Some may think late January is rather a strange time to visit Barcelona, the weather is very questionable. You would be stupid to pack shorts and t-shirts and taking advantage of the city beaches is risky business. But there is also something exciting about Barcelona in the winter. The streets are quieter, there are not as many tourists and you can’t help but feel like a local who stumbled on a hidden treasure. There is a romance to this city that draws me back time after time.
From the boutique shopping of the gothic quarter to discovering hidden bars and restaurants, randomly bumping into world renowned arts and architecture. Drinking world class wines for a quarter the price, The Olympic village, young skateboarders and graffiti artists and that crazy old man who wanders the local streets whistling with his 3 cats in tow. This city has such a gravelly charm it makes even the toughest of east London hipsters feel uncool in comparison.
I have been a total of 5 times to Barcelona and every time is different. My trusty travel companions who were to embark on this adventure with me were my best friend Andrew and younger sister, Jeanette.
With the knowledge that neither had visited before and Andrews ability to entice me to drink wine like water I knew it would be fairly safe to assume I would enjoy myself with the possibility of short-term memory loss.
I was quite excited to march them around and try to give them even a small taste of what this city has to offer.
In previous trips, I have stayed in fancy Hotels and slept on friend’s couches, but my favorite by far is Airbnb.
There is something quite quirky about staying in a self-service house in a really local part of town. My main issue about booking accommodation was that I had originally intended it to be for two and thus it might have been a little squeeze for three of us. Never the less 6ft2 Andrew happily took the small pull out bed and Jeanette and I who together arguably make up an actual human in size had two massive queens beds.
I had selected the accommodation near some friend’s house, I knew it would be by Montjuic and walking distance from a few cool bars I remembered. It was in Plaça del Sortidor and connected to a really funky restaurant called Lucis. The accommodation was quirky, if not a bit eccentric in places. The owner offered good deals for people who stayed and ate at the restaurant and the food was good.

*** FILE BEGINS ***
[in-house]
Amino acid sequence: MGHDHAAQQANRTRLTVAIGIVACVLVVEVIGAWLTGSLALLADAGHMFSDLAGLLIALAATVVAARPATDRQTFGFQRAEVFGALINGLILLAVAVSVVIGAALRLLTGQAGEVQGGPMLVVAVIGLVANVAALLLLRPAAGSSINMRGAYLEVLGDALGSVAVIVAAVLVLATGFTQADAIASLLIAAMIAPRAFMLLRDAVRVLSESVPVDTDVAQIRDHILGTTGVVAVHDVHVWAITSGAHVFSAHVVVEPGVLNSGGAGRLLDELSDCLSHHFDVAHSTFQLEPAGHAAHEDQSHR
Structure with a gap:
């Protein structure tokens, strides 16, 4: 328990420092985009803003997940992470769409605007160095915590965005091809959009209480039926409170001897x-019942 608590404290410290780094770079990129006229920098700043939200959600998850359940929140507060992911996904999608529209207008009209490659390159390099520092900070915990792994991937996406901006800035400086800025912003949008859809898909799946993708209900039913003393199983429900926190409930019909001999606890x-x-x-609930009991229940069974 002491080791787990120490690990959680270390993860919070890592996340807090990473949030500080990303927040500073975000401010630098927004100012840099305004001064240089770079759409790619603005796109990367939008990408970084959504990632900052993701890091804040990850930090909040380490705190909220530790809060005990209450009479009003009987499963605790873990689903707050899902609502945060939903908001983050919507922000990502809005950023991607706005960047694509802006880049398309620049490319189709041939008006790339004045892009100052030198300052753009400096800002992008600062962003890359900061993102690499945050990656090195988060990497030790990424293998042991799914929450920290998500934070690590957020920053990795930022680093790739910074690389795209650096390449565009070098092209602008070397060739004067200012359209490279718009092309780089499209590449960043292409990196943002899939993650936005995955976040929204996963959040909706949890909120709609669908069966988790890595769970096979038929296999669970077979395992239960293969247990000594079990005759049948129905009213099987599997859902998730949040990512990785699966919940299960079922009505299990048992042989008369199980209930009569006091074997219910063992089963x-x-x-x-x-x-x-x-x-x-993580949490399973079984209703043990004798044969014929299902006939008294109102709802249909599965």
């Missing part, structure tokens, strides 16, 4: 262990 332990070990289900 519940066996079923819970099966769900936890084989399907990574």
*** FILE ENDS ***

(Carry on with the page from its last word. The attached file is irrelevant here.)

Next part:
So we arrived, dumped our bags and left in search of Pintxos. I took Andrew to a place I go every time I visit Barcelona, it’s become a tradition. However, every time I try and find this little hideaway it feels like I’m searching for Narnia. Hungry Andrew was less than impressed with our two-hour detour, but it did mean that I could walk him through the Gothic quarter to experience the medieval streets full of boutique shops and tourist inspired bars. During this trip we discovered there are much better places to eat Pintxos. Carrer de Blai in El Poble-Sec, do Pintxos on a grander scale with nicer bars, the whole place is buzzing of an evening with local revelers. A definite recommendation!
One of the best things to do in Barcelona year round is experience the music culture. There is always somewhere to watch live music playing in the city. I thought it would be a quirky treat on St Burns night to watch Scottish rockers Biffy Clyro. So after a lovely meal at Luci’s, we headed up the mountain for a night of entertainment. They were playing in a venue called Sant Jordi club near the Olympic village. I don’t think Andrew was sold at first but it was a great way to end a busy day.
Transport is brilliant in Barcelona, there are buses, trams, tubes and taxis. Most public transport you can get around by buying a T-10 which enables you to take 10 trips on the tube. This is brilliant if only visiting for a day or two as you can pretty much buy one for a whole group.
As we were waiting for Jeanette’s arrival that evening, we decided to leave the museums and Gaudi until she had arrived. So day two was spent walking and exploring, drinking and eating and drinking some more. I think at one point we were drinking dark and stormies at 3pm. Thank you Andrew for your bad influence and terrible headache the next morning. By the time we met Malou for an evening of overpriced Sushi and wine we were more than giddy. I am actually surprised we were still standing at midnight when Jeanette finally joined us.
And enter the minny Fraggle, wheeling her suitcase through the narrow streets of Publo-Sec, with Fo-Mo in the purest form after she missed out on a day drinking session. Andrew and I watched her down three beers in a lame attempt to catch up before we all succumbed to our tired eyes and decided to rest in preparation for the following day’s tourist adventure.
The weather in Barcelona was not our friend as we headed to the world-famous Sagrada Familia but being true Brits we marched on in the freezing rain following our misguided sense of direction which resulted in another 2 hour detour.